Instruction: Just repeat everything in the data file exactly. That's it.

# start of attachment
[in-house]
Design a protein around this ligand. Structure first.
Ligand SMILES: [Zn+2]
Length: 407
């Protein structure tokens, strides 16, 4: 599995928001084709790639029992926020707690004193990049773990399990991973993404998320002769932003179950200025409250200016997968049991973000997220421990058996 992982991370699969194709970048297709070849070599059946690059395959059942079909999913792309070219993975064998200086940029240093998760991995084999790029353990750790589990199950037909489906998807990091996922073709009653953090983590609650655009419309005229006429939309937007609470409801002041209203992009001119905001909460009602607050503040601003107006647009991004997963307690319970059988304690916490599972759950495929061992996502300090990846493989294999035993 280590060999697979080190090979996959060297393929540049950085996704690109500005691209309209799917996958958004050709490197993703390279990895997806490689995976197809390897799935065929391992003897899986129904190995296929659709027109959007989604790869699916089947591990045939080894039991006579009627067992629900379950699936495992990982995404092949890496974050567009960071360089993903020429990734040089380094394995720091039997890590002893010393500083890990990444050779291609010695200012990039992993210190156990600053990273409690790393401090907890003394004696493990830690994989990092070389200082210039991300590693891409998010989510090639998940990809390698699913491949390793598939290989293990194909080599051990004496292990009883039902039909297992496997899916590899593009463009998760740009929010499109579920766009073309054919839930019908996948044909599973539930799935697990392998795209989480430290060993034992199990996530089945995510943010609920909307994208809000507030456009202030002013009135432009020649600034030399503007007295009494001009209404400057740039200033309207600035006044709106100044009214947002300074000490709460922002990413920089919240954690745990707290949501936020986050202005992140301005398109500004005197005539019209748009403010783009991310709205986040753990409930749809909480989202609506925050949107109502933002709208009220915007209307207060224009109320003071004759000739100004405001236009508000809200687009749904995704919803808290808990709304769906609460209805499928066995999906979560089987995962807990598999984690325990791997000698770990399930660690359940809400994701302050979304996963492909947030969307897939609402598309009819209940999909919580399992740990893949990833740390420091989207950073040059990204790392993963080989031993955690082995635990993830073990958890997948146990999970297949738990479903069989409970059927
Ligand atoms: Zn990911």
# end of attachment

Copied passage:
[in-house]
Design a protein around this ligand. Structure first.
Ligand SMILES: [Zn+2]
Length: 407
């Protein structure tokens, strides 16, 4: 599995928001084709790639029992926020707690004193990049773990399990991973993404998320002769932003179950200025409250200016997968049991973000997220421990058996 992982991370699969194709970048297709070849070599059946690059395959059942079909999913792309070219993975064998200086940029240093998760991995084999790029353990750790589990199950037909489906998807990091996922073709009653953090983590609650655009419309005229006429939309937007609470409801002041209203992009001119905001909460009602607050503040601003107006647009991004997963307690319970059988304690916490599972759950495929061992996502300090990846493989294999035993 280590060999697979080190090979996959060297393929540049950085996704690109500005691209309209799917996958958004050709490197993703390279990895997806490689995976197809390897799935065929391992003897899986129904190995296929659709027109959007989604790869699916089947591990045939080894039991006579009627067992629900379950699936495992990982995404092949890496974050567009960071360089993903020429990734040089380094394995720091039997890590002893010393500083890990990444050779291609010695200012990039992993210190156990600053990273409690790393401090907890003394004696493990830690994989990092070389200082210039991300590693891409998010989510090639998940990809390698699913491949390793598939290989293990194909080599051990004496292990009883039902039909297992496997899916590899593009463009998760740009929010499109579920766009073309054919839930019908996948044909599973539930799935697990392998795209989480430290060993034992199990996530089945995510943010609920909307994208809000507030456009202030002013009135432009020649600034030399503007007295009494001009209404400057740039200033309207600035006044709106100044009214947002300074000490709460922002990413920089919240954690745990707290949501936020986050202005992140301005398109500004005197005539019209748009403010783009991310709205986040753990409930749809909480989202609506925050949107109502933002709208009220915007209307207060224009109320003071004759000739100004405001236009508000809200687009749904995704919803808290808990709304769906609460209805499928066995999906979560089987995962807990598999984690325990791997000698770990399930660690359940809400994701302050979304996963492909947030969307897939609402598309009819209940999909919580399992740990893949990833740390420091989207950073040059990204790392993963080989031993955690082995635990993830073990958890997948146990999970297949738990479903069989409970059927
Ligand atoms: Zn990911």